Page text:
And what about Alesha herself?
She is, she decides, the group’s motivator: “I’ve got the most energy. I try and keep their energy levels high, as much as possible, because you know, you do get tired, you’re travelling around and,” she shoots a glance at the over-sleeper to her left, “getting up at hours you never knew existed..”
“Except when you were coming back from raves in the morning,” qualifies Su-Elise with a chortle.
“I think if all three of us was like me, we’d be in trouble,’ says Alesha, like she’s only half joking. “We’re all interested in every aspect of it, we can all fit into different shoes but we do naturally fall into those roles.”
Alesha and Sabrina met at college in London about five years ago and began working together as Face2Face, as Alesha remembers it, “just us two, developing ourselves as artists.”
Two years ago, they tell me, they met Su-Elise over a hot chocolate in a break at a dance studio and immediately clicked. The process, it turns out, wasn’t quite as organic as it appears, since Su-Elise was in fact auditioning, alongside NcNally, for a place in Face2Face after had Tina Barret left to join S Club 7. Either way, it did the trick.
“We didn’t go out looking for the deal – it kinda found us, like by fate really,” remembers Alesha.
In fact, producer David Brant played a demo to his mate Darren Stokes (aka Tin Tin Out) who loved it and raved about it to another mate (Pat Travers), who ended up getting them signed to the TV-advertised, pop compilation specialist Telstar. The group was renamed Mis-Teeq.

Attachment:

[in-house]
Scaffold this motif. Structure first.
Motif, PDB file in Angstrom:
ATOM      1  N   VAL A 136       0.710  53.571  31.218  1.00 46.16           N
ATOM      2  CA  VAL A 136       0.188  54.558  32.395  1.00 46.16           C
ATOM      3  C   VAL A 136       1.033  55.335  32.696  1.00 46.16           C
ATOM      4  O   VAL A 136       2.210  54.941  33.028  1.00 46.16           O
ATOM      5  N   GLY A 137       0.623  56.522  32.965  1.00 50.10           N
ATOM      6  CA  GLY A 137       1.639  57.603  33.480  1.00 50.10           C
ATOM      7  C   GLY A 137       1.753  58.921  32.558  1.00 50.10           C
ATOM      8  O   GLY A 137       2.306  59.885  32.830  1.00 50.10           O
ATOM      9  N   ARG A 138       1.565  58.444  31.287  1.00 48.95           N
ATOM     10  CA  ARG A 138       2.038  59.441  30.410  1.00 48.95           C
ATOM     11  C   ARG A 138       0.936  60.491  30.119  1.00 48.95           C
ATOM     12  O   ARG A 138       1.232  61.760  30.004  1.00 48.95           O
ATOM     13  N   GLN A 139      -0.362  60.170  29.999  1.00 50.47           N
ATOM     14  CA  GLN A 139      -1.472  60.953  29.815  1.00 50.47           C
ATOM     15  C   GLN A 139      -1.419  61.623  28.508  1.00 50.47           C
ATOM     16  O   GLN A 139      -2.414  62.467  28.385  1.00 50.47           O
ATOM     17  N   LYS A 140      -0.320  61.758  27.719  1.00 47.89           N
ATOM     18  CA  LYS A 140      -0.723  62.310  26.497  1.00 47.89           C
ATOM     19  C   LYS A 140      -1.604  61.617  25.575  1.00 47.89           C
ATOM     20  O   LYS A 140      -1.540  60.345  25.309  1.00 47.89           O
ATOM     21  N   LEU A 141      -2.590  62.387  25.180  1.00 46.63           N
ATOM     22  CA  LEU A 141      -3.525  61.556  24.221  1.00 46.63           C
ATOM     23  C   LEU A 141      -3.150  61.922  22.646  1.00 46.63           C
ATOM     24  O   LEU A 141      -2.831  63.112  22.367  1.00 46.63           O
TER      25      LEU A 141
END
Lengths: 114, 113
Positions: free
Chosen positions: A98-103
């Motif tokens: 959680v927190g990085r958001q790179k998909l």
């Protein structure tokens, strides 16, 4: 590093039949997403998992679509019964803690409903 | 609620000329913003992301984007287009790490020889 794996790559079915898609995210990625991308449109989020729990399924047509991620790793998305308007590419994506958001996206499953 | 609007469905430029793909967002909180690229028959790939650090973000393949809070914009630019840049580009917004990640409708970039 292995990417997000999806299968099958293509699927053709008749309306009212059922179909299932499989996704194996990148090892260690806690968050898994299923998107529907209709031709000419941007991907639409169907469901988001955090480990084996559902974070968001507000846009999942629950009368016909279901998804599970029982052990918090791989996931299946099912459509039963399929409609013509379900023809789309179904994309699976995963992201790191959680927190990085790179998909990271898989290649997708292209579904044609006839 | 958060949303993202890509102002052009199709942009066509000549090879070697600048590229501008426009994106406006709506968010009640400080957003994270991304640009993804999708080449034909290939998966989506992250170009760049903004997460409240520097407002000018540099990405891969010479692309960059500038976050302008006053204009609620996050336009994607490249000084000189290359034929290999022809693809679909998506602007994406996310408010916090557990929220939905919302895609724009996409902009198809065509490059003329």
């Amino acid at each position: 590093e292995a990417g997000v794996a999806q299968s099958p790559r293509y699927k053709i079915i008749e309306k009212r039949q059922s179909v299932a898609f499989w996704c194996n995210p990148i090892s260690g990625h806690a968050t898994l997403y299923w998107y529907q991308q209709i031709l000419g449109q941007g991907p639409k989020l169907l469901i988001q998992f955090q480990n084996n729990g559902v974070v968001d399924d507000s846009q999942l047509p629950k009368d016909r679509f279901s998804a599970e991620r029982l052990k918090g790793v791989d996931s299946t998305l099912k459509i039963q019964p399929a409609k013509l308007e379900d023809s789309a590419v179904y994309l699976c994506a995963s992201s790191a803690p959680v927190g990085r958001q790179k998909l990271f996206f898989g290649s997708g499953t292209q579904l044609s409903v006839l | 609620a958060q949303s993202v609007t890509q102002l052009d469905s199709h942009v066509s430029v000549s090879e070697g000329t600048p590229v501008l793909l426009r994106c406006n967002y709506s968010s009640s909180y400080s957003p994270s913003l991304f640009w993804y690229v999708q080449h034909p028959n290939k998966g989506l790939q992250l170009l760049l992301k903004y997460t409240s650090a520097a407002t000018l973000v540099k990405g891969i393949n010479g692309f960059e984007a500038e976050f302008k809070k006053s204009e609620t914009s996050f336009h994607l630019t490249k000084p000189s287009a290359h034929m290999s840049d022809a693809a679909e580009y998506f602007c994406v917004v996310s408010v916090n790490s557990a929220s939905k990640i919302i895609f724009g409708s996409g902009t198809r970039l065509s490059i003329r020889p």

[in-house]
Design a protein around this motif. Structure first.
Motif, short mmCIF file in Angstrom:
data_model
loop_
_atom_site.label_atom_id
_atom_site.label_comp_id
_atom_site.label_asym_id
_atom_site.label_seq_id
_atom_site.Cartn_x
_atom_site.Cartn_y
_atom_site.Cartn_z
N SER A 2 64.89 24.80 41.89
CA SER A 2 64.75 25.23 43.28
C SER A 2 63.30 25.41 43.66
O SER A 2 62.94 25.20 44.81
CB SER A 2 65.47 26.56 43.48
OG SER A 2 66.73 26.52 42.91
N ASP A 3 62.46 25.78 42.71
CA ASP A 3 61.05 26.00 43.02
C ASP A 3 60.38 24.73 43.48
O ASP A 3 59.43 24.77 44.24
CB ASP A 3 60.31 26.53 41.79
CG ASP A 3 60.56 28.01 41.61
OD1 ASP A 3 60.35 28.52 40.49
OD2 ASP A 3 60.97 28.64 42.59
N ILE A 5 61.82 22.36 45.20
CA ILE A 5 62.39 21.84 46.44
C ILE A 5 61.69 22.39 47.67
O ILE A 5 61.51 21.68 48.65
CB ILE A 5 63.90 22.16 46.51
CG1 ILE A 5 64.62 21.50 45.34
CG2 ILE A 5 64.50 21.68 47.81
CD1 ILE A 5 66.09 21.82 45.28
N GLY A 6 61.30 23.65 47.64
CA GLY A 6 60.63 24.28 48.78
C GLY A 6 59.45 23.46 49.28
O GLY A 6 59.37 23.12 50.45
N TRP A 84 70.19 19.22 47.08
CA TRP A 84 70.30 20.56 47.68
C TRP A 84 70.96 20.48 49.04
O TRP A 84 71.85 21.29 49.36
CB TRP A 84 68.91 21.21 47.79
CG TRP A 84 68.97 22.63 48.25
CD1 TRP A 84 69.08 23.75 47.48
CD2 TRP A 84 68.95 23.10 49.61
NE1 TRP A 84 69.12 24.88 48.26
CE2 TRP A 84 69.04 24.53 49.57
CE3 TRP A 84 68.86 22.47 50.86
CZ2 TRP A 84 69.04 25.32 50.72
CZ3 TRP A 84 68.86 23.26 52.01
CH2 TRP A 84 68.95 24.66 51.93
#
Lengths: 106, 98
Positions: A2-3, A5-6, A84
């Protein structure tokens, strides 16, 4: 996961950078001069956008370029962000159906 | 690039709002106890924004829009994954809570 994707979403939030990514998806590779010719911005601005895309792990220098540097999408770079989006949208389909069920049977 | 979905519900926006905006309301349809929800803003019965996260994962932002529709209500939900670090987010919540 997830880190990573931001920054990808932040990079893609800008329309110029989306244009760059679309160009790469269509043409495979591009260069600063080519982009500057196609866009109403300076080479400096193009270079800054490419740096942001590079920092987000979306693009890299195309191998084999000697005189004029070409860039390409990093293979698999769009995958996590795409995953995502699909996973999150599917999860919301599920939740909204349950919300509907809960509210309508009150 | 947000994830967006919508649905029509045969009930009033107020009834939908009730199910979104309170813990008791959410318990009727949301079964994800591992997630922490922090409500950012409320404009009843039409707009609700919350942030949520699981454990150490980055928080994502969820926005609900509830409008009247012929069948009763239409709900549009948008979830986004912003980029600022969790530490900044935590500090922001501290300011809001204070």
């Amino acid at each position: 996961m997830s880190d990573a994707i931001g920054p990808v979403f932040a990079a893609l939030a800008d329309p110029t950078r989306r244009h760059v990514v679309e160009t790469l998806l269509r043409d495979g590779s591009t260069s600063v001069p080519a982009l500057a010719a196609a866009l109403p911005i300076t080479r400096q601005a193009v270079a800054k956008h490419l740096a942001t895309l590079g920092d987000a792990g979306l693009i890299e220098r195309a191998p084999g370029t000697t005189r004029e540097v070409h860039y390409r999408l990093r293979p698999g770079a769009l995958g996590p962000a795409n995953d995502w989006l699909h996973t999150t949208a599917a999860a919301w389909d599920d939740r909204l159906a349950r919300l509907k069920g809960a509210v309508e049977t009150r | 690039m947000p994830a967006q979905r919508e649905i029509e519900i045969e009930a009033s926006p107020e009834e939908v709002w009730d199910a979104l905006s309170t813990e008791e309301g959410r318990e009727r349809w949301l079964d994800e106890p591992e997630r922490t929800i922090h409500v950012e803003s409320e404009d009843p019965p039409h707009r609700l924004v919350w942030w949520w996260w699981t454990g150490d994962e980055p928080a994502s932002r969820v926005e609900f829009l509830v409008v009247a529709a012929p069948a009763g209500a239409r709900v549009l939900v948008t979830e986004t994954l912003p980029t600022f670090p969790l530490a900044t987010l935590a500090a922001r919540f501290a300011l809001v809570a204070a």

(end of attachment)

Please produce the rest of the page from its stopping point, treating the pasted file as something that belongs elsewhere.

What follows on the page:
The quartet worked with a variety of pop-orientated and perhaps more credible producers and writers – from Stargate and Ed Case to Ceri Evans and Rishi Rich – and the smouldering latin-flavoured Why? duly appearing as their first single. McNally left the group soon soon after.
The pair give the appearance of being relaxed about their career path. They know enough about the business to refer to the countries in which their records are sold as ‘territories’ but they obviously still get a major buzz out of seeing their video on MTV. Unfortunately, their chart success has brought accusations of turning their backs on the underground club scene from which they sprang.
Their ‘crime’ was that their third single had more of an R&B-feel, with smoother, slower beats rather than the skittering two-steps rhythms with which they made their name. But their debut single wasn’t remotely garage until Matt ‘Jam’ Lamont got his hands on it. And, given UK garage’s origins as a uniquely British hybrid sound that owes as much to straight-ahead soul as it does house music (not to mention reggae, hip hop and hardcore), what’s the problem?
Craig David had exactly the same accusations levelled at him following his own chart success over the last couple of years. Alesha and Su-Elise take such criticism in their stride. Clearly, they have about as much attachment to UK garage as their label mate.
There’s no big secret – they work in different styles of music because the pop-buying public are into a lot of different styles of music, “and we don’t want anyone to get missed out!”
“And it’s all music that we’ve listened to, and still listen to and love,” says Su-Elise. “That’s why we make it.”
Their superb debut album, Lickin’ on Both Sides, finds them singing over a variety of different styles and tempos, but it all seems entirely natural, fitting as perfectly into smooth soul jams such as the Blacksmith-produced Roll On as the rough and tough proto-grime cut They’ll Never Know, a collaboration with So Solid Crew.